The Real Housewives of Wall Street.
Why is the Federal Reserve forking over $220 million in bailout money to the wives of two Morgan Stanley bigwigs? America has two national budgets, one official, one unofficial. The official budget is public record and hotly debated: Money comes in as taxes and goes out as jet fighters, DEA agents, wheat subsidies and Medicare, plus pensions and bennies for that great untamed socialist menace called a unionized public-sector workforce that Republicans are always complaining about. According to popular legend, we’re broke and in so much debt that 40 years from now our granddaughters will still be hooking on weekends to pay the medical bills of this year’s retirees from the IRS, the SEC and the Department of Energy.” > The Real Housewives of Wall Street. Read.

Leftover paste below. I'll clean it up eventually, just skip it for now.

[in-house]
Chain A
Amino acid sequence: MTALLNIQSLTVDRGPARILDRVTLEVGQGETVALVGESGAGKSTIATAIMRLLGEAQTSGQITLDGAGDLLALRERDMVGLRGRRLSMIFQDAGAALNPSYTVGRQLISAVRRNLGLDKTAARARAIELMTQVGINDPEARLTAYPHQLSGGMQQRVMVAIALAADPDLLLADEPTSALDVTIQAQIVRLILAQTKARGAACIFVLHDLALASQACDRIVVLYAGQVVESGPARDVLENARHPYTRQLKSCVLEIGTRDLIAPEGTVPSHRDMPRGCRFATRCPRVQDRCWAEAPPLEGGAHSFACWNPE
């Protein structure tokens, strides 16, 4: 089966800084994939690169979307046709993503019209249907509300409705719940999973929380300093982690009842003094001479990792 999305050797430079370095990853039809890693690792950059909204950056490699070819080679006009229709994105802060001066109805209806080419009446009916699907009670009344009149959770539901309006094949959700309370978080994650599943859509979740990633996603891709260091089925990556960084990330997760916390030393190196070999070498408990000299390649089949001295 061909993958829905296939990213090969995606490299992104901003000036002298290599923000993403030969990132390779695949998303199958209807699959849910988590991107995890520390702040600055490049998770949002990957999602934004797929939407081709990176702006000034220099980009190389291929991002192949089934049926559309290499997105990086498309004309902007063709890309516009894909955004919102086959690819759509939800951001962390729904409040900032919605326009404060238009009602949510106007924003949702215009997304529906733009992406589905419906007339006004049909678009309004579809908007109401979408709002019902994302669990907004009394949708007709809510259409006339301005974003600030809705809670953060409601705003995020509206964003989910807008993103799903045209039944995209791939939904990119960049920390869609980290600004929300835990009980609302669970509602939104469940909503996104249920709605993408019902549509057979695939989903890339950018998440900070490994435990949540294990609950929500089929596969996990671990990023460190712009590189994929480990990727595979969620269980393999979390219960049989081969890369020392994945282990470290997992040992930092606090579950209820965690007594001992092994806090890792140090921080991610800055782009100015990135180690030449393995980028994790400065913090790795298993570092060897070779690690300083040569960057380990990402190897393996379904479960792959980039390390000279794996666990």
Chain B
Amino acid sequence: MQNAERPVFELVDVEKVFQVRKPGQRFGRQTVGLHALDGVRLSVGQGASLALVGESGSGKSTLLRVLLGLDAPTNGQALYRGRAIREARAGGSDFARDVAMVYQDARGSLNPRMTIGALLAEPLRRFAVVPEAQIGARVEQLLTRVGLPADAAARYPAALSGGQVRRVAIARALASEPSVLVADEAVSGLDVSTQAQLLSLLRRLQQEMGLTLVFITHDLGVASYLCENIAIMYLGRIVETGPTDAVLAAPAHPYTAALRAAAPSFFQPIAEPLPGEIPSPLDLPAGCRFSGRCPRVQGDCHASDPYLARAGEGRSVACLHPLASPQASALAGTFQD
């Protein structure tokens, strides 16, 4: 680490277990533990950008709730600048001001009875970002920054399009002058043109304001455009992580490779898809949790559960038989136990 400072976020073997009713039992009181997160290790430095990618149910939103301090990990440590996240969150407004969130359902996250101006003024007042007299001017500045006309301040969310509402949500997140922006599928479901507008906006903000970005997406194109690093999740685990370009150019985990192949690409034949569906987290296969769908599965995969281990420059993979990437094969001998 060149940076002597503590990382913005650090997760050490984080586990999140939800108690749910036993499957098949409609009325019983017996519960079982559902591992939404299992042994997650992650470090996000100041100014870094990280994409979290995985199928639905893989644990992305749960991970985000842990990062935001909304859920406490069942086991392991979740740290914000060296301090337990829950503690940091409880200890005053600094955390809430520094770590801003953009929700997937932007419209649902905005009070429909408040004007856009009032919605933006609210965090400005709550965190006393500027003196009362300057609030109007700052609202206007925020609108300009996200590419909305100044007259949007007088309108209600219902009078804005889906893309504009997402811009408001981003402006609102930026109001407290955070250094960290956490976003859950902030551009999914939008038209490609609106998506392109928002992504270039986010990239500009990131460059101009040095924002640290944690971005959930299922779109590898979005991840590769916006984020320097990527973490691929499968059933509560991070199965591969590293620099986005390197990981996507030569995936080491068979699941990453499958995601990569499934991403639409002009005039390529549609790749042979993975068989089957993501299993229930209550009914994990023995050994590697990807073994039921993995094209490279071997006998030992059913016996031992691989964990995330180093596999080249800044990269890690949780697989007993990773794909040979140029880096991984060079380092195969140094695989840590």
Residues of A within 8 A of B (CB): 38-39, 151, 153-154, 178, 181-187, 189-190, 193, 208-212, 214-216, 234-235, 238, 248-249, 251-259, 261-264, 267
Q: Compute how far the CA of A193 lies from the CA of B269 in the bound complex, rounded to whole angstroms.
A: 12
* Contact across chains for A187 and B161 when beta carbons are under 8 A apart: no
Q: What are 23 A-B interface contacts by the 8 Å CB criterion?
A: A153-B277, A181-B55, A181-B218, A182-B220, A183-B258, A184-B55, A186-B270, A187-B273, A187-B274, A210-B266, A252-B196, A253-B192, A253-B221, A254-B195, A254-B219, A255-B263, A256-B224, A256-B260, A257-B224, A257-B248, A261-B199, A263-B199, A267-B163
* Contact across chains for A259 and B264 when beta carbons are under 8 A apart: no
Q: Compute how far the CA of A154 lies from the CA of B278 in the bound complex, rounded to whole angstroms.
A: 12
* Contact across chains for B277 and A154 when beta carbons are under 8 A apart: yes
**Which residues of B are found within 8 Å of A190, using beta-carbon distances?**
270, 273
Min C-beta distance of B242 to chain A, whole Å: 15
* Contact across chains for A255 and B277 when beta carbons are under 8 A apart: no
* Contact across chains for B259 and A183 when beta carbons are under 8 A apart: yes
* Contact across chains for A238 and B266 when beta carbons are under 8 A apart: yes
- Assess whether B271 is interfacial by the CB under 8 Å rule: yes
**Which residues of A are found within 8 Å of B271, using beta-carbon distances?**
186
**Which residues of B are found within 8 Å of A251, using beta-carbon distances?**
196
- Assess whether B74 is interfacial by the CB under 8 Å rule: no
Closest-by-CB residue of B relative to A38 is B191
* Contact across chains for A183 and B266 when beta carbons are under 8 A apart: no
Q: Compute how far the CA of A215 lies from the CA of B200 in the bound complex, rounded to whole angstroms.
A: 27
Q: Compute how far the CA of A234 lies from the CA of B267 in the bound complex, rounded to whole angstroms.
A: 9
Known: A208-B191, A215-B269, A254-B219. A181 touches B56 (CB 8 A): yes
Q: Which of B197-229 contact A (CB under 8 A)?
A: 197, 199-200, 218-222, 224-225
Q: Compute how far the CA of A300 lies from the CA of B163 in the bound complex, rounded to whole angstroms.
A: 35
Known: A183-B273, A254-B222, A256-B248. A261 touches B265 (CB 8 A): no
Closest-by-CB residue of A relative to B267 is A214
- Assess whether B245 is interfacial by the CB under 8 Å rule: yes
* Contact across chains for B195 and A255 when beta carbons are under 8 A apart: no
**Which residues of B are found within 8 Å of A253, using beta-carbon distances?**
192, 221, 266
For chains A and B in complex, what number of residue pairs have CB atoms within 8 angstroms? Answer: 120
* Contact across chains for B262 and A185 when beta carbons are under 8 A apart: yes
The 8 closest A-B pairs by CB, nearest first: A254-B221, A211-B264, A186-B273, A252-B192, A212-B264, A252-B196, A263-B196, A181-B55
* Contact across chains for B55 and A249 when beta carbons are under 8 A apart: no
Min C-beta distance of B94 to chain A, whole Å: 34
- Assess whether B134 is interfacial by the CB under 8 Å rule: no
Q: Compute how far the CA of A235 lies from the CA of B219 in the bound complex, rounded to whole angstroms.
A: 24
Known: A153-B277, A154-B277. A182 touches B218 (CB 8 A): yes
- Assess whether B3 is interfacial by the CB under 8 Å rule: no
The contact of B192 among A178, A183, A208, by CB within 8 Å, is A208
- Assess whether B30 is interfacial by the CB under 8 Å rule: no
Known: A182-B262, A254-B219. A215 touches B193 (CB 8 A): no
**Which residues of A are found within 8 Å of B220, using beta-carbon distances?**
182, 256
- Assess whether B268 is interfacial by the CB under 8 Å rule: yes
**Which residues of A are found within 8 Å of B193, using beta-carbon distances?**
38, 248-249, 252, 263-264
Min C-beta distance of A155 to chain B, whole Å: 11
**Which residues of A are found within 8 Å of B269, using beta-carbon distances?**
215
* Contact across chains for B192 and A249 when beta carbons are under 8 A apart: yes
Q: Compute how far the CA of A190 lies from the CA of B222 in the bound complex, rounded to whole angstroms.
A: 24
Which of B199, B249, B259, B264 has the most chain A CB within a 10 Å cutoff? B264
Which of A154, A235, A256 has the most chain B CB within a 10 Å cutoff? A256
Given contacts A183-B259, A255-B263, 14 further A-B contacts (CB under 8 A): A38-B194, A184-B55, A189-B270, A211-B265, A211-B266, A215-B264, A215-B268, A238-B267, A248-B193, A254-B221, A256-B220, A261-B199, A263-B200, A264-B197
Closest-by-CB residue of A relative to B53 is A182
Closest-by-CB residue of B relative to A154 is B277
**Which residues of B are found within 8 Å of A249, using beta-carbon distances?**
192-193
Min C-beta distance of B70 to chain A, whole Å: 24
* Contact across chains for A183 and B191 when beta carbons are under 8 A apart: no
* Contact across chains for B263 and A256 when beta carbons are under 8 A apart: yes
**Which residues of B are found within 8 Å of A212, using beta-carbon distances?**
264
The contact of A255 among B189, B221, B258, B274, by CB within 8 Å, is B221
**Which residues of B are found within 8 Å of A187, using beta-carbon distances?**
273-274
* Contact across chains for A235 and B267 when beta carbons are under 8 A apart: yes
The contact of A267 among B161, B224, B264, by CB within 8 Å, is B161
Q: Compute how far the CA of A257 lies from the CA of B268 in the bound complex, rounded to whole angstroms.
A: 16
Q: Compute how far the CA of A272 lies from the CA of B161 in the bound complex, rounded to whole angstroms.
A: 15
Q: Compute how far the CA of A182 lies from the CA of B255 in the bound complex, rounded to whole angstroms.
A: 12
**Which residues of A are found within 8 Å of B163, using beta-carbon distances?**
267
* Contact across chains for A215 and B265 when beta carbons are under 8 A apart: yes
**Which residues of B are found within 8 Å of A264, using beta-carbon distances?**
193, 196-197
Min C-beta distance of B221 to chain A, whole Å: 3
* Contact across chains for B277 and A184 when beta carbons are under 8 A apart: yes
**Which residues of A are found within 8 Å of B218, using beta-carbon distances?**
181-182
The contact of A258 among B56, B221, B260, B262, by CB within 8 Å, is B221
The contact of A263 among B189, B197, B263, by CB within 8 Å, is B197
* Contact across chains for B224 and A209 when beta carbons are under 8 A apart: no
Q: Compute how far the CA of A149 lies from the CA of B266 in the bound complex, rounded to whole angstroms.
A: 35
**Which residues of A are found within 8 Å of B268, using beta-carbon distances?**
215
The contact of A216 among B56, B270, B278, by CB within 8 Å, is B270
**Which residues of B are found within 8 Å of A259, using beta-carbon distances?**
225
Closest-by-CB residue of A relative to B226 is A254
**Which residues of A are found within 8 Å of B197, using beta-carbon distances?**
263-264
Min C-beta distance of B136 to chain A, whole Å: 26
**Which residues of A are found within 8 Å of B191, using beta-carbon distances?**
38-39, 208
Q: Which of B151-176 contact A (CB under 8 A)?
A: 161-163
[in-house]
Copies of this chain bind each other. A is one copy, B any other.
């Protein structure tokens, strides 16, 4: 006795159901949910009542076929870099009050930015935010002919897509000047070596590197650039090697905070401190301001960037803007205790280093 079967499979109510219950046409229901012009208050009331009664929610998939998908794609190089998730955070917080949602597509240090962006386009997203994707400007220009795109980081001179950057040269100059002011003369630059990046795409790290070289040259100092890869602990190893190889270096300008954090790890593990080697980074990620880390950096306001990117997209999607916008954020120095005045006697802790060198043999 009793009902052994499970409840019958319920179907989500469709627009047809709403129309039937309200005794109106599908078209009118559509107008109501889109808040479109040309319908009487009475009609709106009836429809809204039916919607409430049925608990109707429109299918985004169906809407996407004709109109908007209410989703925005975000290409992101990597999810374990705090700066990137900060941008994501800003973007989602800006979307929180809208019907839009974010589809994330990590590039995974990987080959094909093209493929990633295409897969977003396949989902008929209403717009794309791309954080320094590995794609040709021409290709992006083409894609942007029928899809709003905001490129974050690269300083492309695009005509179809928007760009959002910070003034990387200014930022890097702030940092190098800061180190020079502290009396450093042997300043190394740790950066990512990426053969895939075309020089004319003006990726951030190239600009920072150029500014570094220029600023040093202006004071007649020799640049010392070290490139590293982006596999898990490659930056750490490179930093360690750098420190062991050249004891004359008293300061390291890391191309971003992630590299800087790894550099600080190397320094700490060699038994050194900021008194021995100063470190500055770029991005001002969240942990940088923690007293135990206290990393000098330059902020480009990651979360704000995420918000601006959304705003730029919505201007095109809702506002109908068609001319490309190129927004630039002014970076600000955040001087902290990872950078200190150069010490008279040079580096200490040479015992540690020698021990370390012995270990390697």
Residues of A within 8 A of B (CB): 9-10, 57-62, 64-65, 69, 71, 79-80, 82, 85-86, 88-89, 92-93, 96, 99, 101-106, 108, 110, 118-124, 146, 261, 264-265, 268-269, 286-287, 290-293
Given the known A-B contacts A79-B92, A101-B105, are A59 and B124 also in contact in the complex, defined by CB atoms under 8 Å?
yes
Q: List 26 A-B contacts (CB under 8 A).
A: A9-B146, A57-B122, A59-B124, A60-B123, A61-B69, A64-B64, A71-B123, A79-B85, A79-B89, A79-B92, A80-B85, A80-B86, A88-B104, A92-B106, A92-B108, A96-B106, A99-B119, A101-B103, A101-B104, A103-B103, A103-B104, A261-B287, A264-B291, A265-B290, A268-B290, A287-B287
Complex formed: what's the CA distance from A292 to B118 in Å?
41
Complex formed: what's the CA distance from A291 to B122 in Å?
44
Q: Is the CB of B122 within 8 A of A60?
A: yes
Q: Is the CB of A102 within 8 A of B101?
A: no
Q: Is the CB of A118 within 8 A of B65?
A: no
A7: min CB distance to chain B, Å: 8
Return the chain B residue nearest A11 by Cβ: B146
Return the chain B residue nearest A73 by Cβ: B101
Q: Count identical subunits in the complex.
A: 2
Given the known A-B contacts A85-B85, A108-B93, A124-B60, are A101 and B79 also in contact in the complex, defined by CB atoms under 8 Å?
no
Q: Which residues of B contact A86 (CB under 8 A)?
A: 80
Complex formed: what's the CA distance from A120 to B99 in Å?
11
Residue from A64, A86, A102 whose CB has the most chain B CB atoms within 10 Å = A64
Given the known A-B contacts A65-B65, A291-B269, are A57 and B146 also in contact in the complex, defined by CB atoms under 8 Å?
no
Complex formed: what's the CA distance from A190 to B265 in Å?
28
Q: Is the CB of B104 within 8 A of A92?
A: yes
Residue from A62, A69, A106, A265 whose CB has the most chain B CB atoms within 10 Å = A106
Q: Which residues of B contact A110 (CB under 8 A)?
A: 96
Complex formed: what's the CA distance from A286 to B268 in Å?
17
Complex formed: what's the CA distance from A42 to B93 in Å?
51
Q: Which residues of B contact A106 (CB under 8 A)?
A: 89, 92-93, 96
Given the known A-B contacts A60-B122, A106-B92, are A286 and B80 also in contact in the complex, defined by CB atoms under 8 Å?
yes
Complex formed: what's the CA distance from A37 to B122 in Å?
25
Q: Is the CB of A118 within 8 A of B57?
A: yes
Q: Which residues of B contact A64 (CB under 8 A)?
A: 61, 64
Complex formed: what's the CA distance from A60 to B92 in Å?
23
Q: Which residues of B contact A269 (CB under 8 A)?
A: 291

Wall Street’s Bailout Hustle.
Goldman Sachs and other big banks aren’t just pocketing the trillions we gave them to rescue the economy — they’re re-creating the conditions for another crash. On January 21st, Lloyd Blankfein left a peculiar voicemail message on the work phones of his employees at Goldman Sachs. Fast becoming America’s pre-eminent Marvel Comics supervillain, the CEO used the call to deploy his secret weapon: a pair of giant, nuclear-powered testicles. In his message, Blankfein addressed his plan to pay out gigantic year-end bonuses amid widespread controversy over Goldman’s role in precipitating the global financial crisis. Read.
Looting Main Street.